On December 26, 1864, Warren County’s Roosa family experienced a crime so heinous that it resulted in the first and only execution to take place in the County’s history. Mrs. Roosa, her children, and their farm hand were all fast asleep in their beds on that cold December evening. Their slumber was short lived when an intruder with an ax began attacking them room by room. The farm hand, Jesse Couzens, was the first to suffer blows from the murderers ax followed by Mrs. Roosa and three of her young children. Only one child, 7 year old Jeanette, managed to remain unharmed by hiding under her bed covers. All of the victims were found dead the following day except for Mrs. Roosa, who had survived multiple ax wounds to the head.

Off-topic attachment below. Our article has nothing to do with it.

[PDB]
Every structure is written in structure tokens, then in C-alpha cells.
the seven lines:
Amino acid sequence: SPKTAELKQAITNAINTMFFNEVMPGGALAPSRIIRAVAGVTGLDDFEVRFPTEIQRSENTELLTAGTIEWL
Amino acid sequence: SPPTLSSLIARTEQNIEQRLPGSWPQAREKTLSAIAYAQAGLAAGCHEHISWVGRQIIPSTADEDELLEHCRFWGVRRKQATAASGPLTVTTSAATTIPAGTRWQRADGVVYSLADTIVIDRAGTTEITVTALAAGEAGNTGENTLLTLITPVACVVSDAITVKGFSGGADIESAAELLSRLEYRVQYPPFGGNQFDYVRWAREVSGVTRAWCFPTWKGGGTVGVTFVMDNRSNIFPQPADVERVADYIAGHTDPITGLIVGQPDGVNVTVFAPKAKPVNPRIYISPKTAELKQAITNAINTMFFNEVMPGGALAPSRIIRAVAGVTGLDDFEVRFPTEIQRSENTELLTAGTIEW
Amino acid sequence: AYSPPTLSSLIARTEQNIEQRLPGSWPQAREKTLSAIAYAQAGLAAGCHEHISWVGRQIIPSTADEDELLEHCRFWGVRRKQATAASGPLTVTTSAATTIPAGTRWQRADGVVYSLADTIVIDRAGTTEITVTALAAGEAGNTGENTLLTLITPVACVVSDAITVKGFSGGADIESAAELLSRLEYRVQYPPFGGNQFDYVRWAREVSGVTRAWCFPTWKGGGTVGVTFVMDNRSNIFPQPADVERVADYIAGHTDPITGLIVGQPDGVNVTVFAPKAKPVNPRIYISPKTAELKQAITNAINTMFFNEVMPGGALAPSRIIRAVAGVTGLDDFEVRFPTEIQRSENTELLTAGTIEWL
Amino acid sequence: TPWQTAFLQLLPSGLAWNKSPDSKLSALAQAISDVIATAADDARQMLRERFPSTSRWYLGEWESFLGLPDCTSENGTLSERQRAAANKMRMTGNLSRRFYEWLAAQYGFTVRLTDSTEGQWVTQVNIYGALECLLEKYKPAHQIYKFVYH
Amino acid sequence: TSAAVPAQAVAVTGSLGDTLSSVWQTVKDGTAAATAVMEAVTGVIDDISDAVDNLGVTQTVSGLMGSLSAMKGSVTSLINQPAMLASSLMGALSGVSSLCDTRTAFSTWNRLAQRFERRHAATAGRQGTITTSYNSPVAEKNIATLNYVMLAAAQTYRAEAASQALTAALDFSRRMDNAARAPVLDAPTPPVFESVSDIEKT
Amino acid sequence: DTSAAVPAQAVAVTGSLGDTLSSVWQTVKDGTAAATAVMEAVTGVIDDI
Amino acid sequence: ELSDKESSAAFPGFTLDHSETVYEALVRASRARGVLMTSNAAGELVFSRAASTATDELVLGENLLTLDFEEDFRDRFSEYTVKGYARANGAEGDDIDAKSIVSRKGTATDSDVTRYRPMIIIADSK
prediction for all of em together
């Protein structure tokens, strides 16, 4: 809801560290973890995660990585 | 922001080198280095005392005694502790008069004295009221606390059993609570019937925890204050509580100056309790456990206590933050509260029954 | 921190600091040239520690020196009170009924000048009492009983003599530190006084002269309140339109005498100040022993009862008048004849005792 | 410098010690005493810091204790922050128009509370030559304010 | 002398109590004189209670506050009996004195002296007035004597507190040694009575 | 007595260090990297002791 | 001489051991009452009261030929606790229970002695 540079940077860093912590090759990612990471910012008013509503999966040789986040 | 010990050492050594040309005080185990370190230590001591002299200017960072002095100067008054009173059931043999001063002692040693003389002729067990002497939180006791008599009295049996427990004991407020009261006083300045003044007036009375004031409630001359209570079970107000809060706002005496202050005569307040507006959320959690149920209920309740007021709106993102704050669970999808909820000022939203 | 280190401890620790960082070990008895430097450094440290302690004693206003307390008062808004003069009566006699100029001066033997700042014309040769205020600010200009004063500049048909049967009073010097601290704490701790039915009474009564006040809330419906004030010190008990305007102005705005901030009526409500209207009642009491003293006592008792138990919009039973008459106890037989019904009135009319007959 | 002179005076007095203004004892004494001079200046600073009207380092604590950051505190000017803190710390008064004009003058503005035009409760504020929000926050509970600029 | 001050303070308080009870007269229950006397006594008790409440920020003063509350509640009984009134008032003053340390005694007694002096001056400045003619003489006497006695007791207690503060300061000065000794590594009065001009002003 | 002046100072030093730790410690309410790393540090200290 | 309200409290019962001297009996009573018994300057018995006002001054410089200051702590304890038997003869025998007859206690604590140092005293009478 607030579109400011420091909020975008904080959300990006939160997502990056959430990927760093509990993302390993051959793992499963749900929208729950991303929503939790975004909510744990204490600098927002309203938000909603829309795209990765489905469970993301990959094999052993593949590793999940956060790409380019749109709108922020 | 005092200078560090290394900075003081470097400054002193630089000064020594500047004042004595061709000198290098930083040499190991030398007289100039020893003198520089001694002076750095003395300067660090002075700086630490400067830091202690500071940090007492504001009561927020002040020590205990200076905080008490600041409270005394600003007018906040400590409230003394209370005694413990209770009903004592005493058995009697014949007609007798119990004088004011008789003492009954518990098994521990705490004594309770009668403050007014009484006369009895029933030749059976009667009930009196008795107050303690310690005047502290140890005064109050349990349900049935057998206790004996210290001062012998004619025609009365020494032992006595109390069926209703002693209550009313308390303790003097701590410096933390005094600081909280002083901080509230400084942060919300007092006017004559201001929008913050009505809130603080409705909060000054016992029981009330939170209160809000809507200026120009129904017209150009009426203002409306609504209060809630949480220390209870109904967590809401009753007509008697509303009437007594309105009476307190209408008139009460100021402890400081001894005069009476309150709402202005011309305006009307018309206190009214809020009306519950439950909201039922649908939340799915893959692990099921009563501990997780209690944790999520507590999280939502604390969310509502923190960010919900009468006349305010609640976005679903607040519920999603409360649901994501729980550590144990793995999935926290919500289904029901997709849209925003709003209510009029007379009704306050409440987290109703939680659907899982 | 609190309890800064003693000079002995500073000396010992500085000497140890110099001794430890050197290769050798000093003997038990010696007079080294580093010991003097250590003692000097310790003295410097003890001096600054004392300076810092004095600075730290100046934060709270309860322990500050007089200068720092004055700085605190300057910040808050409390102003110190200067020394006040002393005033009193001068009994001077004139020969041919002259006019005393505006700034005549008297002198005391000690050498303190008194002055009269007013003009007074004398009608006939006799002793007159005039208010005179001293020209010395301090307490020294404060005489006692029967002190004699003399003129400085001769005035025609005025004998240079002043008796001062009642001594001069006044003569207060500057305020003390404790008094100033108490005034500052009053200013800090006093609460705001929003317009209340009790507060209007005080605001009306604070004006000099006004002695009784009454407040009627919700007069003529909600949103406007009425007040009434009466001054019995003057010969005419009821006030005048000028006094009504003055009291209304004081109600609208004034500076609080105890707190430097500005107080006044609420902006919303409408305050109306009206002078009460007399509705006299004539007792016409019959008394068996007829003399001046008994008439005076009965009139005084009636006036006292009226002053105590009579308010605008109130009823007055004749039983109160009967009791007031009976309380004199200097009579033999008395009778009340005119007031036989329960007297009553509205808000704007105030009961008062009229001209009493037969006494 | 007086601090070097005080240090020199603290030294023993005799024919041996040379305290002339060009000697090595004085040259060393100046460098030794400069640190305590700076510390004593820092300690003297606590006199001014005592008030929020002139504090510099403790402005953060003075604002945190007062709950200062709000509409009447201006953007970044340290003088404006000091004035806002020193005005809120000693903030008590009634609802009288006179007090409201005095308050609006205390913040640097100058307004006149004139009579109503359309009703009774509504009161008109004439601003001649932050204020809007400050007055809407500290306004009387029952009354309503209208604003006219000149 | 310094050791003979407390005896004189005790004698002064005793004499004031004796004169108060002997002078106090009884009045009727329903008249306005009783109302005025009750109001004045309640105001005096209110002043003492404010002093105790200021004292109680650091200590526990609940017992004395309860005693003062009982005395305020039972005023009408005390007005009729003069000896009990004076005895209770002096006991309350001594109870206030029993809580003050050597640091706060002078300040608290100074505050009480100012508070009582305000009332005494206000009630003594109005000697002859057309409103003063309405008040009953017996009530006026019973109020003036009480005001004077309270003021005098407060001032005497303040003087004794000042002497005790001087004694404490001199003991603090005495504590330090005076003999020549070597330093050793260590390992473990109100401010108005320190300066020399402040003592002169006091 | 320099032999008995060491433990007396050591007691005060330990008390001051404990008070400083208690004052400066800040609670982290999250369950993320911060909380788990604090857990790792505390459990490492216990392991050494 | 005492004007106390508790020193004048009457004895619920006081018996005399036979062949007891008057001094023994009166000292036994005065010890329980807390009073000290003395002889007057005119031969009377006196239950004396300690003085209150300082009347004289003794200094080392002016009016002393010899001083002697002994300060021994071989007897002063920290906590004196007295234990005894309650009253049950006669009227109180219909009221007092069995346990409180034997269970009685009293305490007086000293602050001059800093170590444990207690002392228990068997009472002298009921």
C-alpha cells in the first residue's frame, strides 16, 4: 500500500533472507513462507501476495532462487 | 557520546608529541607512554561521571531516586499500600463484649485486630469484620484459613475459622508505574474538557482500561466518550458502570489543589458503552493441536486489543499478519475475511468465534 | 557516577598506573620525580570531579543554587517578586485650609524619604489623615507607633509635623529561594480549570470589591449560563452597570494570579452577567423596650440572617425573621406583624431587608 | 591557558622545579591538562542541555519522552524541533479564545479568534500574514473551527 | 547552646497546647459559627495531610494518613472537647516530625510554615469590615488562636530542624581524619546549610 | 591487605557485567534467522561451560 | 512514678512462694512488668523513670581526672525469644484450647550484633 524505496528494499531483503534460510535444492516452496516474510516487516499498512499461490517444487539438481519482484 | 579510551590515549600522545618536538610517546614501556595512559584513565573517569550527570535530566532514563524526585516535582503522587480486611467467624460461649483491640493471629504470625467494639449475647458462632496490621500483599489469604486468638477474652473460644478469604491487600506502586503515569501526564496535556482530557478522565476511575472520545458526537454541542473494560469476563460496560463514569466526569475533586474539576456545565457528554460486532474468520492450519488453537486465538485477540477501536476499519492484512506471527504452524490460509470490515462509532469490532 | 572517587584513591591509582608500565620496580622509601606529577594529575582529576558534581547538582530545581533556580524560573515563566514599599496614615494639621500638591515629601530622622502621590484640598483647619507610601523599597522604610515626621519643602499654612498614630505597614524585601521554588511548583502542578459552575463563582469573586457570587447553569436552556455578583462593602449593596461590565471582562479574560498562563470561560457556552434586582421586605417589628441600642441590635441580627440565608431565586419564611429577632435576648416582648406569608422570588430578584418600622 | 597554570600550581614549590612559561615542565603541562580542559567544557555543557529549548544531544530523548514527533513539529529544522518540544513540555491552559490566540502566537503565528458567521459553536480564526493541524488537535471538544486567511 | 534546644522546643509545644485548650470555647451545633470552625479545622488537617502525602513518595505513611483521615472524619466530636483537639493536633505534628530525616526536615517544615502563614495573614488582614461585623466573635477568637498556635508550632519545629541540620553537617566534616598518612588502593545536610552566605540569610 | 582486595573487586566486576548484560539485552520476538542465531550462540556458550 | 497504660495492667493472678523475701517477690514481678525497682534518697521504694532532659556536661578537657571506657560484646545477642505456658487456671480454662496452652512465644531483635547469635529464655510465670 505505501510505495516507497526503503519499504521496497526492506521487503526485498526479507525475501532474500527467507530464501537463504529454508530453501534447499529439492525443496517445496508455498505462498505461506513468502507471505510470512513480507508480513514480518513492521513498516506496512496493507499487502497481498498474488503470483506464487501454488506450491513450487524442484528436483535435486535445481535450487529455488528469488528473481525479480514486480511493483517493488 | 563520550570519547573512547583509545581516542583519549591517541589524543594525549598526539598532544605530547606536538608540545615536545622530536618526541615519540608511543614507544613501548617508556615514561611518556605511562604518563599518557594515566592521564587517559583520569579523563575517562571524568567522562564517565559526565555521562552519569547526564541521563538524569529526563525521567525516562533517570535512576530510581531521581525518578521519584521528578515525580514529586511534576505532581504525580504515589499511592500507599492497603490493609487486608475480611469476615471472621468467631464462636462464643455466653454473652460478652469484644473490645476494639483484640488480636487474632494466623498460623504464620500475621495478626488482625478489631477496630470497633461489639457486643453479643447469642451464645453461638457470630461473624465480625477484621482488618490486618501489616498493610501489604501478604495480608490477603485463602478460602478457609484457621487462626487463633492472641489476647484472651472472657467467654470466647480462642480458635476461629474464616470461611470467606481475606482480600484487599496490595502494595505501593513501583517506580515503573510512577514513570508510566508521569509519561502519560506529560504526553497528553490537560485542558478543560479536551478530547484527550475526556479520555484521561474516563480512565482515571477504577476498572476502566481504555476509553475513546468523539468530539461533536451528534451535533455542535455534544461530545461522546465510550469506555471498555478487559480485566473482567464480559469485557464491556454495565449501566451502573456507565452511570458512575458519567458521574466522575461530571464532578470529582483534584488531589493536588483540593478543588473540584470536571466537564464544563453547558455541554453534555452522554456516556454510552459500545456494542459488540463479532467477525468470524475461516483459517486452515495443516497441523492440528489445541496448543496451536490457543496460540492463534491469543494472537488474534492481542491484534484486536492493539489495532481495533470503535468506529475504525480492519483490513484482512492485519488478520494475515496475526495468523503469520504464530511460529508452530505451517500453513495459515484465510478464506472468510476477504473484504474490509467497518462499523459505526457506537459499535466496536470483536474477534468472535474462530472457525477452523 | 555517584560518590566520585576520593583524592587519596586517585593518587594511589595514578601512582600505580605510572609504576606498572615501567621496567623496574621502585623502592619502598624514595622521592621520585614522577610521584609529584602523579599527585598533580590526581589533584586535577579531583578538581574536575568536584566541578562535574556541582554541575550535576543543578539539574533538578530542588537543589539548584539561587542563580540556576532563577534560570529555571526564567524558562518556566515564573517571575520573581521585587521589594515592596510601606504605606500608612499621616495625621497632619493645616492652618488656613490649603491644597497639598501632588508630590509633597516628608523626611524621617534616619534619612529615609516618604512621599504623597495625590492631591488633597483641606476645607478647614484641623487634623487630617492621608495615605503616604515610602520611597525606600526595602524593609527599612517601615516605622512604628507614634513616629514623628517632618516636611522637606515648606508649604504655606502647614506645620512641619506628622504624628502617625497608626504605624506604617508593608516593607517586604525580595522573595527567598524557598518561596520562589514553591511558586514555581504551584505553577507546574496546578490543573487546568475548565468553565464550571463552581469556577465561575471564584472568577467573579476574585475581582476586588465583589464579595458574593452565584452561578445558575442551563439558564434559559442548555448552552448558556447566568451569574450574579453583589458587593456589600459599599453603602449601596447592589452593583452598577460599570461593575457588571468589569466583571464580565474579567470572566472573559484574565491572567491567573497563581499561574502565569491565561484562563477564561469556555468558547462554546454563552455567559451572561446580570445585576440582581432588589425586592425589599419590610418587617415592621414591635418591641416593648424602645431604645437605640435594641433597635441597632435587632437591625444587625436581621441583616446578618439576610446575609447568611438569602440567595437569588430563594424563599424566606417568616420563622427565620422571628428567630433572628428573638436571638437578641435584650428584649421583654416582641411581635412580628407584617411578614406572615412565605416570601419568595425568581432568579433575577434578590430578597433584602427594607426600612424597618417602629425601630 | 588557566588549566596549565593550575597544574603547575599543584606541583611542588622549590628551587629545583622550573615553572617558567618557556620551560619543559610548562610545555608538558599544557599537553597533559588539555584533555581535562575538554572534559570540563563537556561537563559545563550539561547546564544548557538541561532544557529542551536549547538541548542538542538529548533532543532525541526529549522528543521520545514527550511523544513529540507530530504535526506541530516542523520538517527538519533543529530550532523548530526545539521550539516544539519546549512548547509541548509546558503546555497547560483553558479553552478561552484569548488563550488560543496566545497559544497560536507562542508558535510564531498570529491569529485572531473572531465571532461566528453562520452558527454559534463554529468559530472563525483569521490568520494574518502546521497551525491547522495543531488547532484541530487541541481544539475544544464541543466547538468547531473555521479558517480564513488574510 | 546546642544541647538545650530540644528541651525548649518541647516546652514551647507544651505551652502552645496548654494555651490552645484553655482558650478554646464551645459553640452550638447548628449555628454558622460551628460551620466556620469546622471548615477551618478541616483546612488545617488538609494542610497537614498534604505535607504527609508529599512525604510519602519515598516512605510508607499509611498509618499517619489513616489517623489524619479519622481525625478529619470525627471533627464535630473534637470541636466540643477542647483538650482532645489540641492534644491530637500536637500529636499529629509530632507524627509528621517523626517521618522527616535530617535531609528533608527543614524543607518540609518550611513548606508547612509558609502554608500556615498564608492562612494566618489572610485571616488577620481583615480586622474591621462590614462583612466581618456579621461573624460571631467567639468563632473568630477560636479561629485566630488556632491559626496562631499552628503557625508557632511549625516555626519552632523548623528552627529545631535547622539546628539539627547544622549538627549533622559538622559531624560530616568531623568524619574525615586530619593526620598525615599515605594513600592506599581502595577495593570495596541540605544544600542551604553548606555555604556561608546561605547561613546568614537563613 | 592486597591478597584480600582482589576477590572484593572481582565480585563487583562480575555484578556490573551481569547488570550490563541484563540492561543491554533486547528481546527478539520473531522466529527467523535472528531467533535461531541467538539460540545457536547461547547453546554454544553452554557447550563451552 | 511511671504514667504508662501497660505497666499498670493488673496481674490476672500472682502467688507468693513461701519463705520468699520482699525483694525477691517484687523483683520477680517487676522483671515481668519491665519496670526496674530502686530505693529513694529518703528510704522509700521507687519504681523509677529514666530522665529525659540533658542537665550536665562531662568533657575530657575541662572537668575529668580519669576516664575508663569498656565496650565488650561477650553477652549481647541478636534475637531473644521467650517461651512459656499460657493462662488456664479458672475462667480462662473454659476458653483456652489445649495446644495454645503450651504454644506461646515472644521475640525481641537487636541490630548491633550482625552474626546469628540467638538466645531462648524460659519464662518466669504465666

Due to the lack of evidence and no suspects, Warren County residents were fearful for their lives. These circumstances led Warren County Commissioners to offer an official reward totaling $1,000 for the capture of the murderer or murderers. This reward is one of the first documented in the Warren County Commissioners Minute books. Following a lengthy investigation that included multiple suspects, Samuel Coovert was convicted and sentenced to death. Although he asserted his innocence up until his death, Coovert was hanged on August 24, 1866, for those crimes committed against the Roosa household. County documents, such as case files and commissioners minutes, have been utilized by many researchers who continue to tell this gruesome tale, including a book titled Murder Most Foul: Massacre in Warren County written by Robert L. Drake, 2009.

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Commissioners Minutes Volume 9, page 208 from 1864

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Commissioners Minutes Volume 9, page 209 from 1864

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Commissioners Minutes Volume 9, page 252 from 1866